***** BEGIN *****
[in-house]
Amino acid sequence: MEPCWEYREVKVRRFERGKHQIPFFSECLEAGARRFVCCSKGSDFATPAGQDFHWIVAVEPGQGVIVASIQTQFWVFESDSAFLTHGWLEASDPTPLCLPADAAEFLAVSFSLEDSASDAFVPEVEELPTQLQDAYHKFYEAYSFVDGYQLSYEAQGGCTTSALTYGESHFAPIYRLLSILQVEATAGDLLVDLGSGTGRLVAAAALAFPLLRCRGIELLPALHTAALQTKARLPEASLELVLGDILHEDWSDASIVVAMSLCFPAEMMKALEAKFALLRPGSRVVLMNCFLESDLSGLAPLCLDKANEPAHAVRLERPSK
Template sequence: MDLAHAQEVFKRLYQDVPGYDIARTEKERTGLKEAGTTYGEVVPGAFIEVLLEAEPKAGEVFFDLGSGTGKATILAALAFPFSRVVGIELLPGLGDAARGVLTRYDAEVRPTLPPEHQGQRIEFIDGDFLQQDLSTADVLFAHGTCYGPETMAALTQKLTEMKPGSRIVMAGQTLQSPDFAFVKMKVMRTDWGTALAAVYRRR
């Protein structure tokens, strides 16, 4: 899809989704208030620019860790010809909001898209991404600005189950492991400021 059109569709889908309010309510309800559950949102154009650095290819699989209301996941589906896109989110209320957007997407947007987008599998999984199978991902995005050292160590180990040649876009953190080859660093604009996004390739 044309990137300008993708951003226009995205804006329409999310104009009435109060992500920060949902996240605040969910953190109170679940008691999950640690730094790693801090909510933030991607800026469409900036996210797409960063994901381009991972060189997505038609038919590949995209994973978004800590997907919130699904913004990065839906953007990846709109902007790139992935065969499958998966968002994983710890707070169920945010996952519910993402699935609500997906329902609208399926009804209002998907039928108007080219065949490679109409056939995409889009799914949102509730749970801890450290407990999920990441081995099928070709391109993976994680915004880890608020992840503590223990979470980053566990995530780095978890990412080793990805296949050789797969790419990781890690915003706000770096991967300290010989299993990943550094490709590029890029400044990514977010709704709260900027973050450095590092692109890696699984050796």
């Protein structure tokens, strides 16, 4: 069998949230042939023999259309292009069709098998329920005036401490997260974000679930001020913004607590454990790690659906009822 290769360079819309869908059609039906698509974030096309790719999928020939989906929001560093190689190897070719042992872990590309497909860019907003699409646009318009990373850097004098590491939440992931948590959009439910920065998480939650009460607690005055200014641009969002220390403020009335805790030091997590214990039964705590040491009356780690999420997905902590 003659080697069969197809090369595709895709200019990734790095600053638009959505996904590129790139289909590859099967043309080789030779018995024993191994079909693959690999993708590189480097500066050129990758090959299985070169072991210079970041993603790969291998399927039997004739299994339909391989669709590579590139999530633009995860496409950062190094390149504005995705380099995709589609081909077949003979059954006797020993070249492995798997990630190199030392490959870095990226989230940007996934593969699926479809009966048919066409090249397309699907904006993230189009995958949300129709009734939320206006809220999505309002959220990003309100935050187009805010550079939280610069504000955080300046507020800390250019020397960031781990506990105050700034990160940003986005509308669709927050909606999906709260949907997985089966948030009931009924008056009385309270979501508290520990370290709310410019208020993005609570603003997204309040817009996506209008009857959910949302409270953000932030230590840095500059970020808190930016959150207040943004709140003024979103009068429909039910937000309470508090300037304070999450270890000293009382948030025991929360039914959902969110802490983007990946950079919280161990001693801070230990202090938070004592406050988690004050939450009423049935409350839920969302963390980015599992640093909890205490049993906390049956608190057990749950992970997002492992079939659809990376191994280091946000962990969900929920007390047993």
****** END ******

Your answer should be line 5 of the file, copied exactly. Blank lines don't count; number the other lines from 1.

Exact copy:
């Protein structure tokens, strides 16, 4: 069998949230042939023999259309292009069709098998329920005036401490997260974000679930001020913004607590454990790690659906009822 290769360079819309869908059609039906698509974030096309790719999928020939989906929001560093190689190897070719042992872990590309497909860019907003699409646009318009990373850097004098590491939440992931948590959009439910920065998480939650009460607690005055200014641009969002220390403020009335805790030091997590214990039964705590040491009356780690999420997905902590 003659080697069969197809090369595709895709200019990734790095600053638009959505996904590129790139289909590859099967043309080789030779018995024993191994079909693959690999993708590189480097500066050129990758090959299985070169072991210079970041993603790969291998399927039997004739299994339909391989669709590579590139999530633009995860496409950062190094390149504005995705380099995709589609081909077949003979059954006797020993070249492995798997990630190199030392490959870095990226989230940007996934593969699926479809009966048919066409090249397309699907904006993230189009995958949300129709009734939320206006809220999505309002959220990003309100935050187009805010550079939280610069504000955080300046507020800390250019020397960031781990506990105050700034990160940003986005509308669709927050909606999906709260949907997985089966948030009931009924008056009385309270979501508290520990370290709310410019208020993005609570603003997204309040817009996506209008009857959910949302409270953000932030230590840095500059970020808190930016959150207040943004709140003024979103009068429909039910937000309470508090300037304070999450270890000293009382948030025991929360039914959902969110802490983007990946950079919280161990001693801070230990202090938070004592406050988690004050939450009423049935409350839920969302963390980015599992640093909890205490049993906390049956608190057990749950992970997002492992079939659809990376191994280091946000962990969900929920007390047993």